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Comput Cardiol. 2008;35(4749156):773-776.

An Artificial Multi-Channel Model for Generating Abnormal Electrocardiographic Rhythms.

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1
Harvard-MIT Division of Health Sciences and Technology (HST), Cambridge, MA 02142, USA.

Abstract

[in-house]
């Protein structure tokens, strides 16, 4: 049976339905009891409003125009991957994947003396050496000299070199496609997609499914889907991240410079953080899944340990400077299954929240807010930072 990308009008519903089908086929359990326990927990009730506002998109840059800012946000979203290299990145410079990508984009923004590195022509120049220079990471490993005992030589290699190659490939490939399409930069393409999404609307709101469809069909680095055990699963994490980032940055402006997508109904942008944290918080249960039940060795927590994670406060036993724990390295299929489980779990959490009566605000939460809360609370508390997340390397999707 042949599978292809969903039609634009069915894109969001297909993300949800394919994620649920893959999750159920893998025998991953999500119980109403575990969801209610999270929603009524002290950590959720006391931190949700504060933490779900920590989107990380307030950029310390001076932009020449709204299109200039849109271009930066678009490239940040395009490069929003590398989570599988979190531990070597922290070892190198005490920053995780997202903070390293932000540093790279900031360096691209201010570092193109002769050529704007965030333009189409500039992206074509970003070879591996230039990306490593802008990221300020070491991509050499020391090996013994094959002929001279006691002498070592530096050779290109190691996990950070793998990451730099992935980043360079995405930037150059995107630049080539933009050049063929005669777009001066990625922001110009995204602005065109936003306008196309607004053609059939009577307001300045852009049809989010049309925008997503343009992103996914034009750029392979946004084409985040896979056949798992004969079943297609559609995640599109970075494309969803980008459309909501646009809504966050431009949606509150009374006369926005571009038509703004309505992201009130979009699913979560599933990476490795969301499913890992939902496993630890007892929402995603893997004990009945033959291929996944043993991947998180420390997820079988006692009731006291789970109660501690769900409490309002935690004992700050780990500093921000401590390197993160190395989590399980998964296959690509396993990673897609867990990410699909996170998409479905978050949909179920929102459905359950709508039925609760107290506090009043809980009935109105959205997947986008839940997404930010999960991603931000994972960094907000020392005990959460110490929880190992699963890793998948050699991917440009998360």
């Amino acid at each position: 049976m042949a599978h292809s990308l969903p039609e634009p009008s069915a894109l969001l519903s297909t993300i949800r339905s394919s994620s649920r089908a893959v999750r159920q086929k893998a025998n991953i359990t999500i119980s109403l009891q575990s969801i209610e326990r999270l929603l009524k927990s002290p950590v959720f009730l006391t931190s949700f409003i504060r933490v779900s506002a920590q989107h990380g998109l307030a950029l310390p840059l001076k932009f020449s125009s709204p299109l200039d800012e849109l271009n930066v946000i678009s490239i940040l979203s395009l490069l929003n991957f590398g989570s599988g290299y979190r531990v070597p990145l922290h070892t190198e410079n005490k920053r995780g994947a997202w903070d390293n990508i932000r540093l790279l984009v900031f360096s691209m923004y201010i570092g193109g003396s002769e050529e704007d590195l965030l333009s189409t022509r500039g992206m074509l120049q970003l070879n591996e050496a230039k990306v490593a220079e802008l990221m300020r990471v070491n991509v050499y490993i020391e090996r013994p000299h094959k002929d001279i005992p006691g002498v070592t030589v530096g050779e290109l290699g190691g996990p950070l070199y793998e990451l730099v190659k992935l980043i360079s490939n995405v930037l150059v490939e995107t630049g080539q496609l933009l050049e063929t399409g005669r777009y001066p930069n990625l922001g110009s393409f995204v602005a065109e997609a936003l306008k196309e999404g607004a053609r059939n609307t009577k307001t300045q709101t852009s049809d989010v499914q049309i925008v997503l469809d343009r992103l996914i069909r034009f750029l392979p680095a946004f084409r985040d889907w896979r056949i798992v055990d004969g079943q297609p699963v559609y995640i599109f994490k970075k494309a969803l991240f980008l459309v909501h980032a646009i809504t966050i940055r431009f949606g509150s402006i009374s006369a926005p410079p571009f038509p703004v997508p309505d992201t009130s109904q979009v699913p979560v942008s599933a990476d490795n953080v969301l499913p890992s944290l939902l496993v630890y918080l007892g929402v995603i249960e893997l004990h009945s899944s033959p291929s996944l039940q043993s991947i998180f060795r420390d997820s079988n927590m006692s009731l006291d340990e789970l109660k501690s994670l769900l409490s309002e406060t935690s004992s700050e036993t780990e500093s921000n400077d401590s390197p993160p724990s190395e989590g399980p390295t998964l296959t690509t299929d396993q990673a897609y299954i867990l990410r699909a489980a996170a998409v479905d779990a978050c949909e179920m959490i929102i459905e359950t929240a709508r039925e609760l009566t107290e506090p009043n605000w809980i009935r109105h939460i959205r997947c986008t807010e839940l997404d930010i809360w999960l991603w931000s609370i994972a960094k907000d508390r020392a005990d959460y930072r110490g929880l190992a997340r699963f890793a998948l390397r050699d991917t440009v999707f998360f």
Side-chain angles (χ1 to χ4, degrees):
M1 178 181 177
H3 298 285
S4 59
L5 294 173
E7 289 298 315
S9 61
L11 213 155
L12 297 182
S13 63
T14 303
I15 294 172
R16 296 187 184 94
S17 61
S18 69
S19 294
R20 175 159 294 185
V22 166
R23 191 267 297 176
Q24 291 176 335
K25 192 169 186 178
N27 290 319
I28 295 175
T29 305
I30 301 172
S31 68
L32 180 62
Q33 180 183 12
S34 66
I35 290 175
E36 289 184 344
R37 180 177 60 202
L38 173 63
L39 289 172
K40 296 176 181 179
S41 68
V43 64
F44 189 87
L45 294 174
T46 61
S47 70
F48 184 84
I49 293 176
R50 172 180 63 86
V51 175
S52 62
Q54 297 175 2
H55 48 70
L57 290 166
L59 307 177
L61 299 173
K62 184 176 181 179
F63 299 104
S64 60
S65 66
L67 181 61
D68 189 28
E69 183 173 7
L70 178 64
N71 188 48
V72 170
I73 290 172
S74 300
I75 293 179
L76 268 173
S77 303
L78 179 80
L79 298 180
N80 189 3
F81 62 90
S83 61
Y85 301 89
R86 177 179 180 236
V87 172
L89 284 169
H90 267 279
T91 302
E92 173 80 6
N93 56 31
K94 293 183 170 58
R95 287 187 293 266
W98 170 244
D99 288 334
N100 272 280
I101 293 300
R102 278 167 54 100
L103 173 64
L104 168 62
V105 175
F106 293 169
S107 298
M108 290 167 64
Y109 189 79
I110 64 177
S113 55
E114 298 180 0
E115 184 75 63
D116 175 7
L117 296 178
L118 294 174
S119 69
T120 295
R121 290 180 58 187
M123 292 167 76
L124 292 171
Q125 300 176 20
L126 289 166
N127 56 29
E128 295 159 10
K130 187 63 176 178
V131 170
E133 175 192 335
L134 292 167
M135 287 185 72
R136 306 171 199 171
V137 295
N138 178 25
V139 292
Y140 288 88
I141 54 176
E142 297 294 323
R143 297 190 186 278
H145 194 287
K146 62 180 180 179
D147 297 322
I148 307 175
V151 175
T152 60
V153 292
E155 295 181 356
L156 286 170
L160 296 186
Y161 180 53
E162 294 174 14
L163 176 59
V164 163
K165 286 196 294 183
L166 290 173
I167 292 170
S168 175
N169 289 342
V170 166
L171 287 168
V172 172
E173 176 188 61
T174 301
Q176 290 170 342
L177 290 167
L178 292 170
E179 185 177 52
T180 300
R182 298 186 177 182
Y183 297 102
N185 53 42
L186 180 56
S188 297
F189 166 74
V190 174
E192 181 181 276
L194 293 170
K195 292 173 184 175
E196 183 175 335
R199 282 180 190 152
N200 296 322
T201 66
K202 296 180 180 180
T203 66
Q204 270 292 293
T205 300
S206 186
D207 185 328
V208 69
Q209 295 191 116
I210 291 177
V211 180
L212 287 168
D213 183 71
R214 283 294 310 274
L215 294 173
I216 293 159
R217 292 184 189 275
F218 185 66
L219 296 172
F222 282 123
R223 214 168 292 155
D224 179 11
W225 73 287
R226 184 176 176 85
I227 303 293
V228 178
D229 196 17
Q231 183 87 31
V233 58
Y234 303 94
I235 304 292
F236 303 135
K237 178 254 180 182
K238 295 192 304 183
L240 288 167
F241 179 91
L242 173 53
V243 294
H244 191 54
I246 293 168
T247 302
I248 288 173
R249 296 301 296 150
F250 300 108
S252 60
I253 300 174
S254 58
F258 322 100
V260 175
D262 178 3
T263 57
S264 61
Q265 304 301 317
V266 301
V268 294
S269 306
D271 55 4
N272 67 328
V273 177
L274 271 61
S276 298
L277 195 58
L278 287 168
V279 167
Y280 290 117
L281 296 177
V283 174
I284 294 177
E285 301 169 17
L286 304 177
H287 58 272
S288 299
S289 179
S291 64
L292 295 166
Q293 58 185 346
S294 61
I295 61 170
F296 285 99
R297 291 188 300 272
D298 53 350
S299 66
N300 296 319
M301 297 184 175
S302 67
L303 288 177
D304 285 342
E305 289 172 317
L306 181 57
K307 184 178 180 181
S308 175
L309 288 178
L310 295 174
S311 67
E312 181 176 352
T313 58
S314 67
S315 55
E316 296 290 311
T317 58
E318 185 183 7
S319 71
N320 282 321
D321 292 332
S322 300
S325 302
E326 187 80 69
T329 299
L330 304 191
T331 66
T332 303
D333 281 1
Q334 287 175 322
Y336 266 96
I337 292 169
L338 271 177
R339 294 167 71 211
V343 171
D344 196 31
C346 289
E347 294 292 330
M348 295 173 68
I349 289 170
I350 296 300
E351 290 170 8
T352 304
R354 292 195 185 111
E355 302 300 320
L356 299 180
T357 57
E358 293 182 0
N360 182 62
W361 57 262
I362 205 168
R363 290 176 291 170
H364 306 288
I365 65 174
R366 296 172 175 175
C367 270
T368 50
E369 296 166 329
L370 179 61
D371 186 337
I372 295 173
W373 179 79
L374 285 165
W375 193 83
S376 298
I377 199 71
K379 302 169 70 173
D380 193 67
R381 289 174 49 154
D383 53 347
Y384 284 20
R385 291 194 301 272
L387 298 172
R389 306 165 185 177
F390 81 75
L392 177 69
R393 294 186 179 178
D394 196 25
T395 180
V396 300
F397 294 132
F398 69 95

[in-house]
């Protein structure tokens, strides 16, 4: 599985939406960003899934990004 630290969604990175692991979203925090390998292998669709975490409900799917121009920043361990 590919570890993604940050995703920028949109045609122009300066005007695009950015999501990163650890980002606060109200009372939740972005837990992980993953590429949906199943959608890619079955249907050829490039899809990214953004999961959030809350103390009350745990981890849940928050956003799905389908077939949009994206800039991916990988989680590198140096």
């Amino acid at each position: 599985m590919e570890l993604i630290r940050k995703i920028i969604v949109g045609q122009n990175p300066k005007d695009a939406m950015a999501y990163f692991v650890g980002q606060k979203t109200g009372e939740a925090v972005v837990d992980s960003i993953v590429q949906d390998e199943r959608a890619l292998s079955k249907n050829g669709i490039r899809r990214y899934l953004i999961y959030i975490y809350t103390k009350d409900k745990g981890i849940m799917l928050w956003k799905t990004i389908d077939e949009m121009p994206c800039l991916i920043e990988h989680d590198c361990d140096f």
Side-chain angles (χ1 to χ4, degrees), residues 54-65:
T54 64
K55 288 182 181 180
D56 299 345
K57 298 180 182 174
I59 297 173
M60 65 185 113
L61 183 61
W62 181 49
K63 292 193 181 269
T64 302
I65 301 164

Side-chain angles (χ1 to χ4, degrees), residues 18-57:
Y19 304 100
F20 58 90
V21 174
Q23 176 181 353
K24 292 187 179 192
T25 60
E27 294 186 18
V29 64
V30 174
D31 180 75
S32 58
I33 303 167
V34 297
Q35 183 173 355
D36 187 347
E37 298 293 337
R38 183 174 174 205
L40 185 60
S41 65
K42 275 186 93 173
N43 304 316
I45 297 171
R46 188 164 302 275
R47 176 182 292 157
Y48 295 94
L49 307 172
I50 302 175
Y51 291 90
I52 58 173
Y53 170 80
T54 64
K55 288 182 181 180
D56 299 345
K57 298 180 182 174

We present generalizations of our previously published artificial models for generating multi-channel ECG so that the simulation of abnormal rhythms is possible. Using a three-dimensional vectorcardiogram (VCG) formulation, we generate the normal cardiac dipole for a patient using a sum of Gaussian kernels, fitted to real VCG recordings. Abnormal beats are then specified either as new dipoles, or as perturbations of the existing dipole. Switching between normal and abnormal beat types is achieved using a hidden Markov model (HMM). Probability transitions can be learned from real data or modeled by coupling to heart rate and sympathovagal balance. Natural morphology changes form beat-to-beat are incorporated as before from varying the angular frequency of the dipole as a function of the inter-beat (RR) interval. The RR interval time series is generated using our previously described model whereby time-and frequency-domain heart rate (HR) and heart rate variability (HRV) characteristics can be specified. QT-HR hysteresis is simulated by coupling the Gaussian kernels associated with the T-wave in the model with a nonlinear factor related to the local HR (determined from the last n RR intervals). Morphology changes due to respiration are simulated by coupling the RR interval to the angular frequency of the dipole. We demonstrate an example of the use of this model by simulating T-Wave Alternans (TWA). The magnitude of the TWA effect is modeled as a disturbance on the T-loop of the dipole with a magnitude that differs in each of the three VCG planes. The effect is then turned on or off using a HMM. The values of the transition matrix are determined by the local heart rate, such that when the HR ramps up towards 100 BPM, the probability of observing a TWA effect rapidly but smoothly increases. In this way, no 'sudden' switching from non-TWA to TWA is observed, and the natural tendency for TWA to be associated with a critical HR-related activation level is simulated. Finally, to generate multi-lead signals, the VCG is mapped to any set of clinical leads using a Dower-like transform derived from a least-squares optimization between known VCGs and known lead morphologies. ECGs with calibrated amounts of TWA were generated by this model and included in the PhysioNet/CinC Challenge 2008 data set.

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